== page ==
MOCCASIN, Ill. (WCIA) — A central Illinois sailor’s remains have finally returned home after spending 80 years in Hawaii, his identity unknown during that time.
Machinist’s Mate 1st Class Keith Tipsword of Moccasin was one of approximately 2,400 Americans who died in the attack on Pearl Harbor on Dec. 7, 1941. His duty station, the battleship USS West Virginia, was hit by at least seven torpedoes and two bombs during the attack and sank to the harbor floor. 105 West Virginia crewmen, including Tipsword, perished in the attack.
It wasn’t until this summer that Tipsword’s remains were positively identified. His family had them brought home last week and will bury them on Tuesday.
“Obviously he’s long gone, but to have him here in Effingham County in a tangible way, well, that’d be pretty special,” said Tipsword’s nephew Greg Sapp.
Sapp was born long after his uncle died and thus never got to meet him. Sapp’s mother Dalyne was born the same year he enlisted and was only five when her brother died. Due to her young age and Tipsword’s limited time at home, Sapp said his mother doesn’t have “crystal clear” memories of him.
“Her memories are kind of cloudy,” Sapp said. “But she has good memories, the few that she does have. That he was a good brother, and her mother and father were very fond of him.”
Sapp added that Dalyne has several souvenirs of her brother, like a photo of him and salt and pepper shakers he made aboard West Virginia and sent home. Sapp said it was through these souvenirs that she got to know her brother.
But Dalyne and her family never had a grave close to home they could visit.
Upon recovery, Tipsword’s body could not be identified by Navy personnel and was buried as an unknown in the National Memorial Cemetery of the Pacific, nicknamed the Punchbowl, in Honolulu. They remained there for over 75 years before being disinterred by the Defense POW/MIA Accounting Agency in 2017.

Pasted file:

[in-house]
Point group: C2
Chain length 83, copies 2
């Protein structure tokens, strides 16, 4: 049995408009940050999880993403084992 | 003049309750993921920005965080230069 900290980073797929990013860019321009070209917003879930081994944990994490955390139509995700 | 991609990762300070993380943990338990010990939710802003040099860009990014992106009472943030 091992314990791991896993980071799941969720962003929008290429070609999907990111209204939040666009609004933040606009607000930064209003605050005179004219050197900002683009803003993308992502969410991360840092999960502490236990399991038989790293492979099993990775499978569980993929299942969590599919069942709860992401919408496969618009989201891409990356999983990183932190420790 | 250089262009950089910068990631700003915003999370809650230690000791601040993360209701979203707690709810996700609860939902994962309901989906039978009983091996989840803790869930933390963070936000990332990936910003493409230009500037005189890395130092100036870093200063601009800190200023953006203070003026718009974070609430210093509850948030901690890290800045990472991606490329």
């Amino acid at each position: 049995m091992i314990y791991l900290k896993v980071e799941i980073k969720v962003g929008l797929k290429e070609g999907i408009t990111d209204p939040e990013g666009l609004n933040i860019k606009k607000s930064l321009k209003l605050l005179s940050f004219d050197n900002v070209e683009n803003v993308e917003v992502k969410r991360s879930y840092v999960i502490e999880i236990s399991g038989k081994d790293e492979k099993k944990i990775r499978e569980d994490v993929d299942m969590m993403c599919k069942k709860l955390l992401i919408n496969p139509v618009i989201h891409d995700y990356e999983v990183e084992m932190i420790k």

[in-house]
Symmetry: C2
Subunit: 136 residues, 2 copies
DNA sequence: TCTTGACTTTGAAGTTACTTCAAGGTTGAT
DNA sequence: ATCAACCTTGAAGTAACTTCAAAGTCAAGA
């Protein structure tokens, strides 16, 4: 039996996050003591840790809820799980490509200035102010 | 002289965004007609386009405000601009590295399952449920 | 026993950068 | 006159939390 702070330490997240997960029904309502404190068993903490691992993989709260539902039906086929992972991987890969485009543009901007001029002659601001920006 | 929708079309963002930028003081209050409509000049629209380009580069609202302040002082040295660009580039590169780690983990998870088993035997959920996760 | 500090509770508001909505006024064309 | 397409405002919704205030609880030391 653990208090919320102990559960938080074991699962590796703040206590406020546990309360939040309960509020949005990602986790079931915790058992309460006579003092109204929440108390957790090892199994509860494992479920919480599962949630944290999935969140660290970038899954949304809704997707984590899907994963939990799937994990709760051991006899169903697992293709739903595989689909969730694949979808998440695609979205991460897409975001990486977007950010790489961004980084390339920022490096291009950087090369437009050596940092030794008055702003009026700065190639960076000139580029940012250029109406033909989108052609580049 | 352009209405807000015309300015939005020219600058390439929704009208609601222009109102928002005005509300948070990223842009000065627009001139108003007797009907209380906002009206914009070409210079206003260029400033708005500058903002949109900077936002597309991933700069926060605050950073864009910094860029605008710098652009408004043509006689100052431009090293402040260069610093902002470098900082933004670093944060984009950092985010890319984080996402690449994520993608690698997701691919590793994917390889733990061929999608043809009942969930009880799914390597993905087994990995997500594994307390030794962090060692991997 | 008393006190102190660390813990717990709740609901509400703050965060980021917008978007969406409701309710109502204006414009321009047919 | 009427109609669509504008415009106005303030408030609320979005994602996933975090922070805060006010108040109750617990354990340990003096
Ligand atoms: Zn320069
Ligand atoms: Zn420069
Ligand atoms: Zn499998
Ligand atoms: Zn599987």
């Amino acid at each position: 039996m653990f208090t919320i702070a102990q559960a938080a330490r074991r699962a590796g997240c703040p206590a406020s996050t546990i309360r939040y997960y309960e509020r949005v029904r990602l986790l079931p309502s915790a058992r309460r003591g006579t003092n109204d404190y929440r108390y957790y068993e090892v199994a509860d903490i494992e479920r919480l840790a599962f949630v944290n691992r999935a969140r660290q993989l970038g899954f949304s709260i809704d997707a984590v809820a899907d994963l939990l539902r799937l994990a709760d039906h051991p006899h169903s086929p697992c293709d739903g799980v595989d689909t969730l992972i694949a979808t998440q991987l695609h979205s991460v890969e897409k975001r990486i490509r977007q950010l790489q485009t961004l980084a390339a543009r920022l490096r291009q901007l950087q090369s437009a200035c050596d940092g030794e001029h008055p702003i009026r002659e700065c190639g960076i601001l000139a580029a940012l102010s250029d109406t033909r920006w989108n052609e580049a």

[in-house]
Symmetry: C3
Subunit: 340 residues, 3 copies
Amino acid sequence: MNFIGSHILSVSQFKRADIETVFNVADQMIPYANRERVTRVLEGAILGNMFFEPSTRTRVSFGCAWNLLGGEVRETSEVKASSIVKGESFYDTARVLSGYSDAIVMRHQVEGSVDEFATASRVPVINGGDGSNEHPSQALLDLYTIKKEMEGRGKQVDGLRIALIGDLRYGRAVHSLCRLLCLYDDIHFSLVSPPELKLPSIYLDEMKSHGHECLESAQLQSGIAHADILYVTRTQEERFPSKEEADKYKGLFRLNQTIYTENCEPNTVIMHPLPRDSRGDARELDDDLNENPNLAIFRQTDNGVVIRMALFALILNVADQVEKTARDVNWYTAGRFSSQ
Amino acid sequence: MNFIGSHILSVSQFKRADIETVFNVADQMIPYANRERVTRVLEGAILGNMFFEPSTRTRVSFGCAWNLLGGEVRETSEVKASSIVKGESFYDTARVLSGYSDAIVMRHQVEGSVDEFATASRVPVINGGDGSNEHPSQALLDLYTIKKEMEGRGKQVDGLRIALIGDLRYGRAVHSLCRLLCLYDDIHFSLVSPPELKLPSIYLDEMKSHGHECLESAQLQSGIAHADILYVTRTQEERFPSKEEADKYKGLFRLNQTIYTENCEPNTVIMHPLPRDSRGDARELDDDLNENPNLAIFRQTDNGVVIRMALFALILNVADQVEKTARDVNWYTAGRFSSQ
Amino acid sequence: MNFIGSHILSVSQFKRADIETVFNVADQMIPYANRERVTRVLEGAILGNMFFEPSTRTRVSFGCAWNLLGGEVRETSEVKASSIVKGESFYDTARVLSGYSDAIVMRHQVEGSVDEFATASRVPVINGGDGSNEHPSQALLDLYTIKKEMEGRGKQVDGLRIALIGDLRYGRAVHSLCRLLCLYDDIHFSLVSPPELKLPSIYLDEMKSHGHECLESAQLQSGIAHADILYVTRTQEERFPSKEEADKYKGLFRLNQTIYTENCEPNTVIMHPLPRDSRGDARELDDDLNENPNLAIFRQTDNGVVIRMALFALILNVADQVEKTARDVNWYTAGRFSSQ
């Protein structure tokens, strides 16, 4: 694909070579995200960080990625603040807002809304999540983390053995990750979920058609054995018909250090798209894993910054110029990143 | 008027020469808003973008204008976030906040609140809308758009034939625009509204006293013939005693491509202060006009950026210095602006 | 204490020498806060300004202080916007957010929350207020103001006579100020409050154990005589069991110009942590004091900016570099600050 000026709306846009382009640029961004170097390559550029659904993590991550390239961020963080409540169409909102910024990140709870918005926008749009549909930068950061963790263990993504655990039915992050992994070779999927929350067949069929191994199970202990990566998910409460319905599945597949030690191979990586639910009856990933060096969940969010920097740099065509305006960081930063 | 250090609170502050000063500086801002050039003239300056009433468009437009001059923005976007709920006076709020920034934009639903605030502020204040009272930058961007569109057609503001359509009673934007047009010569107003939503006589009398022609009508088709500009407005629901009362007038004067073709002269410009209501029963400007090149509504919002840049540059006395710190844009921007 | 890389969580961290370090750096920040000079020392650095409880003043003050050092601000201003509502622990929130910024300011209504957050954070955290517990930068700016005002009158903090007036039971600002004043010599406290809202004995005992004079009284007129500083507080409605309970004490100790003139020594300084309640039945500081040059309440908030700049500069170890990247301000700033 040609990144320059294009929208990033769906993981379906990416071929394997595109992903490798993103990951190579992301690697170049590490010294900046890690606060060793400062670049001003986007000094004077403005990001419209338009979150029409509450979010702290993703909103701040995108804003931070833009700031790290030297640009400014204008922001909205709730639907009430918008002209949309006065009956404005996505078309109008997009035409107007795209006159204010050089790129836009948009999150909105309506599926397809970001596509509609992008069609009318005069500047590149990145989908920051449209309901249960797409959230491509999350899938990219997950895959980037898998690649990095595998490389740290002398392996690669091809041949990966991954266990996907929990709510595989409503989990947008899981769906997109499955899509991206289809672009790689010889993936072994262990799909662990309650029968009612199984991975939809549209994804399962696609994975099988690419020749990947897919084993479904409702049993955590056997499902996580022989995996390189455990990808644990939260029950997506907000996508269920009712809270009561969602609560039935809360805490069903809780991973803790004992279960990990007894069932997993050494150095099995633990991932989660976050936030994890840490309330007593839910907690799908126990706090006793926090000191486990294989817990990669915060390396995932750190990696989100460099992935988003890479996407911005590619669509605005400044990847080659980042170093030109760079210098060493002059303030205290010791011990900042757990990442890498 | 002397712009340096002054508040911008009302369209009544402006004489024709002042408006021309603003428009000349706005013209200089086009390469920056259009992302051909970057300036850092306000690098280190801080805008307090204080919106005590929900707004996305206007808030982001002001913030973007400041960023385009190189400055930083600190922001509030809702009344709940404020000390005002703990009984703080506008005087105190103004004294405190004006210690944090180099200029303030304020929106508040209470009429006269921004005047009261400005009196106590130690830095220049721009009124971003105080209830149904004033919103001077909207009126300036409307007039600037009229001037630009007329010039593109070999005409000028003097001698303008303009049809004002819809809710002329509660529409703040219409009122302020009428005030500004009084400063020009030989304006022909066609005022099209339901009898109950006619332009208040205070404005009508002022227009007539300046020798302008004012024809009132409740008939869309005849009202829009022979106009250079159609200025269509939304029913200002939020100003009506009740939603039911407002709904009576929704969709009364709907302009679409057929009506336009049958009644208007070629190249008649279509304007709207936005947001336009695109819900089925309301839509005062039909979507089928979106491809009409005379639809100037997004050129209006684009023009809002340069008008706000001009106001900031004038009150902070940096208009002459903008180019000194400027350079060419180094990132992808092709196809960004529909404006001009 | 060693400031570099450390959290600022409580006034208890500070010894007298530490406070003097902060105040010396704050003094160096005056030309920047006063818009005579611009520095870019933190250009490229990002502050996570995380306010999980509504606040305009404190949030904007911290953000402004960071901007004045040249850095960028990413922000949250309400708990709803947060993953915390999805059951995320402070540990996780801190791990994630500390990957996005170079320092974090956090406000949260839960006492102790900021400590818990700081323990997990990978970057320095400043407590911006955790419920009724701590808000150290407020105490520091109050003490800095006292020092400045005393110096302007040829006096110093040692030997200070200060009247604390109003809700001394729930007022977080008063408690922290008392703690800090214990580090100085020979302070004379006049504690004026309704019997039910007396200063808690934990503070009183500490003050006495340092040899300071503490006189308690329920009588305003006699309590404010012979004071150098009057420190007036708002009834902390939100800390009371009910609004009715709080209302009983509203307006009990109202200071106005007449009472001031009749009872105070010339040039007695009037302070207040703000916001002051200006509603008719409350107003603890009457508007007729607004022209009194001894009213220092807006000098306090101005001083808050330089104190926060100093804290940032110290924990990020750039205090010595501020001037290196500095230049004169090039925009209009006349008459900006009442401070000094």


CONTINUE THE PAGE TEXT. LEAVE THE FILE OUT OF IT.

The DPAA is a Department of Defense agency dedicated to recovering American personnel listed as prisoners of war or missing in action from previous wars. One of its first projects was to identify the 388 unknowns of the USS Oklahoma; personnel succeeded in identifying 355, including a man from Auburn.
The success of the Oklahoma project led the DPAA to expand its work to other ships at Pearl Harbor the morning of the attack, including West Virginia. Dalyne and her sister submitted DNA samples to help identify their brother’s remains; using these samples and referring to Navy medical and dental records, Tipsword’s remains were identified in July.
Sapp never expected his uncle to be found, which is why he initially didn’t believe it when the Navy called him in September.
“All of a sudden, this fella from the Navy calls me and said ‘Hey, we identified your uncle.’ Well I have to admit, doing what I do, my scam alert went up,” Sapp said. “But we talked for a long time and he convinced me yes, he indeed was from the Navy, that this was legitimate.”
By this time, Sapp’s aunt had passed away, leaving Dalyne as the only one of Tipsword’s siblings to bring their brother home.
Tipsword’s remains were flown from Hawaii to St. Louis last week and were escorted to Effingham on Veteran’s Day by members of the Patriot Guard Riders. On Tuesday, after a service in Effingham, Tipsword’s remains will be taken to Moccasin for final burial with full military honors.
“That’s where he grew up, so that’s where he ought to be,” Sapp said. “His parents are there, his grandparents are there, one of his sisters is there. So that’s just the right place for him to end things; same place as where he started.”
Dr. Laurel Freas, Project Lead for the Pearl Harbor Ships Project, said there were 25 unresolved casualties from West Virginia and 35 associated unknowns in the Punchbowl when the project started. Since they were disinterred, DPAA personnel have identified 13 West Virginia unknowns.
The DPAA is also working to identify unknowns from the USS California and the USS Utah.
“I hope that, if there are other people out there that didn’t have any hope or any expectation that they might be reunited with their loved ones, hang in there,” Sapp said. “Because the hope is your time will be coming. Our understanding is the Navy’s doing this a ship at a time and it was the West Virginia‘s turn. And here we have Keith having a homecoming we really never expected.”